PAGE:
Aeroplane Monthly 1988-02
K.Desmond - Richard Fairey (2)
Gannet AS.Is of 820 Sqn FAA, up from Eglinton in February 1957. The squadron joined HMS Bulwark that June, but was disbanded in December of the same year.
Firefly IV prototype Z2118 being flown by Flt Lt H. "Tim" Woods. The big underwing nacelles carried radar and auxiliary fuel.
The prototype Fairey Firefly IV Naval Reconnaissance Fighter (2,300 h.p. Rolls-Royce Griffon 72 engine).
Just some of the FAA Fairey Fire­flies which lined the runway at Lee-on-Solent for the Coronation Review of the Fleet on June 15, 1953.
The Fairey Rotodyne of 1957 on an early flight.
The sleek Fairey Firefly IIM biplane of 1930 was of all-metal construction under its fabric covering, and was powered by the Rolls-Royce F.XIS liquid-cooled V12 engine, later redesignated Kestrel IIS.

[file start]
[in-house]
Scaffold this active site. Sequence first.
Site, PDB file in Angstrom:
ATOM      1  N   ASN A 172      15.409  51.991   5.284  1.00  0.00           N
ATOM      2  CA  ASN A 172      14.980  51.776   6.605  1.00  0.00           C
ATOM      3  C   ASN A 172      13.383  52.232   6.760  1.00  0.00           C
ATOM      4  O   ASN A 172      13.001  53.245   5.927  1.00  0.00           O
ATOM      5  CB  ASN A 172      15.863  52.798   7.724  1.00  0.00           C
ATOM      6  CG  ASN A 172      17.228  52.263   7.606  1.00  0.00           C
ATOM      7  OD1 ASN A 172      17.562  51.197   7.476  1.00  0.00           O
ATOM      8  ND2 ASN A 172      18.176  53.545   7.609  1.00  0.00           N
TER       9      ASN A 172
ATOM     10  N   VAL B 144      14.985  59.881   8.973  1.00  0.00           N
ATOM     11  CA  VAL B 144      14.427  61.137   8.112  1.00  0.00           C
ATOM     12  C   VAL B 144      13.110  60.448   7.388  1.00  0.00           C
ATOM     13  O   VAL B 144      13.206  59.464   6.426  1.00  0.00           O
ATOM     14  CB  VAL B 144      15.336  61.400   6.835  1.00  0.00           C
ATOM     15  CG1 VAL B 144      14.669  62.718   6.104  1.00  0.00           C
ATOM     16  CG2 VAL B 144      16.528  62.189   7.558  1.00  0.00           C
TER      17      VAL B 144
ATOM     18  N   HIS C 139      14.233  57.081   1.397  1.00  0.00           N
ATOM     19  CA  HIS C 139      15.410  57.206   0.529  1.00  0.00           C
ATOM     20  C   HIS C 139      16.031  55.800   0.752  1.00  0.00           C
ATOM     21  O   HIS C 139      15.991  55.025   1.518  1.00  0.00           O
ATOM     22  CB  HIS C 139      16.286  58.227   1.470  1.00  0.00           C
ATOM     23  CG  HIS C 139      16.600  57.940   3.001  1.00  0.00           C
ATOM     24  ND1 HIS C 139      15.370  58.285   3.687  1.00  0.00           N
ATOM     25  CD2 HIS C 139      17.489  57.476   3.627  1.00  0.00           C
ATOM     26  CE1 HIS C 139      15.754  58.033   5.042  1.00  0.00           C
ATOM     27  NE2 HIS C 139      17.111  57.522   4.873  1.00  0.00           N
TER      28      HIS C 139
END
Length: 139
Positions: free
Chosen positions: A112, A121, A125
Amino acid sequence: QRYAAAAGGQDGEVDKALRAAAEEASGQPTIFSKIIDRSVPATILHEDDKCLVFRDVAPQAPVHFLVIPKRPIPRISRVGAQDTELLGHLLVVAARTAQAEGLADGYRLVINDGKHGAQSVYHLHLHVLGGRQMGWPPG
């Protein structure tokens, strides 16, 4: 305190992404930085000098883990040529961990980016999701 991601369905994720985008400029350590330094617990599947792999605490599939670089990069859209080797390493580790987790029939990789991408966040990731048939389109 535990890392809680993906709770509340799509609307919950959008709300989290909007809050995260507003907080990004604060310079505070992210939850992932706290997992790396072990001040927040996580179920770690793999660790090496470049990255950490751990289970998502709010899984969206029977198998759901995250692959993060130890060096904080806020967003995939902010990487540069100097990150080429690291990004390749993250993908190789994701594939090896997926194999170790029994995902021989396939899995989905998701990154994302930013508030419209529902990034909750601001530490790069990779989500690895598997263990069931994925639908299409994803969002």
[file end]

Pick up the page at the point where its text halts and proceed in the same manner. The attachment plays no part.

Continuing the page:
The Fairey Fox VI prototype of 1934.
Sqd. Ldr. Malcolm Taylor, A.F.C., O.C. No. 40 (Bomber) Squadron, in his Fairey "Gordon" with Armstrong-Siddeley "Panther" engine.
The Gordon was a development of the long-lived Fairey III series fitted with a 575 h.p. Armstrong Siddeley Panther IIA 14-cylinder two-row radial.
A FOX THAT NEVER GOES TO EARTH: Another view of the new Fairey Sea Fox (Napier Rapier VI) light reconnaissance seaplane.
The Napier Rapier-powered Fairey Seafox of 1936, which distinguished itself in World War Two as a spotter during the Battle of the River Plate. The type served with the Fleet Air Arm until 1943.
The Hendon, Fairey’s only heavy bomber.